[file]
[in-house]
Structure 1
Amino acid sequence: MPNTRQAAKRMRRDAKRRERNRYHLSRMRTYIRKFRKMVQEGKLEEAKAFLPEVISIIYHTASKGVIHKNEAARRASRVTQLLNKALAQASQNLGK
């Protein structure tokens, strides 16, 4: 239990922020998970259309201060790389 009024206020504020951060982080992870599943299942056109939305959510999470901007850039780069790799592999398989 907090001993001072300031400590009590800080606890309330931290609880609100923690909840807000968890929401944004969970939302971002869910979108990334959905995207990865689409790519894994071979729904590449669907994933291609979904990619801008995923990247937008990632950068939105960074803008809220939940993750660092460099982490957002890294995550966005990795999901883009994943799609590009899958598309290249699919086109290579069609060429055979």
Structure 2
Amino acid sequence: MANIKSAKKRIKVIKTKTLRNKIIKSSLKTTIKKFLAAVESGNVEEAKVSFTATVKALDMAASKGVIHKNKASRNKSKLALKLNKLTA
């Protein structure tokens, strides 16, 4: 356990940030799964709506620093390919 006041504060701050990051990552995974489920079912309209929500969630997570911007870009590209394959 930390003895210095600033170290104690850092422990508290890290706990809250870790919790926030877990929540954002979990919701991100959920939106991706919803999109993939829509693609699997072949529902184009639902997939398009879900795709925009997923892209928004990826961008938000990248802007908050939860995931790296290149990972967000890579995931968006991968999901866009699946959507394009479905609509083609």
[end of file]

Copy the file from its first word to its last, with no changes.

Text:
[in-house]
Structure 1
Amino acid sequence: MPNTRQAAKRMRRDAKRRERNRYHLSRMRTYIRKFRKMVQEGKLEEAKAFLPEVISIIYHTASKGVIHKNEAARRASRVTQLLNKALAQASQNLGK
């Protein structure tokens, strides 16, 4: 239990922020998970259309201060790389 009024206020504020951060982080992870599943299942056109939305959510999470901007850039780069790799592999398989 907090001993001072300031400590009590800080606890309330931290609880609100923690909840807000968890929401944004969970939302971002869910979108990334959905995207990865689409790519894994071979729904590449669907994933291609979904990619801008995923990247937008990632950068939105960074803008809220939940993750660092460099982490957002890294995550966005990795999901883009994943799609590009899958598309290249699919086109290579069609060429055979």
Structure 2
Amino acid sequence: MANIKSAKKRIKVIKTKTLRNKIIKSSLKTTIKKFLAAVESGNVEEAKVSFTATVKALDMAASKGVIHKNKASRNKSKLALKLNKLTA
């Protein structure tokens, strides 16, 4: 356990940030799964709506620093390919 006041504060701050990051990552995974489920079912309209929500969630997570911007870009590209394959 930390003895210095600033170290104690850092422990508290890290706990809250870790919790926030877990929540954002979990919701991100959920939106991706919803999109993939829509693609699997072949529902184009639902997939398009879900795709925009997923892209928004990826961008938000990248802007908050939860995931790296290149990972967000890579995931968006991968999901866009699946959507394009479905609509083609």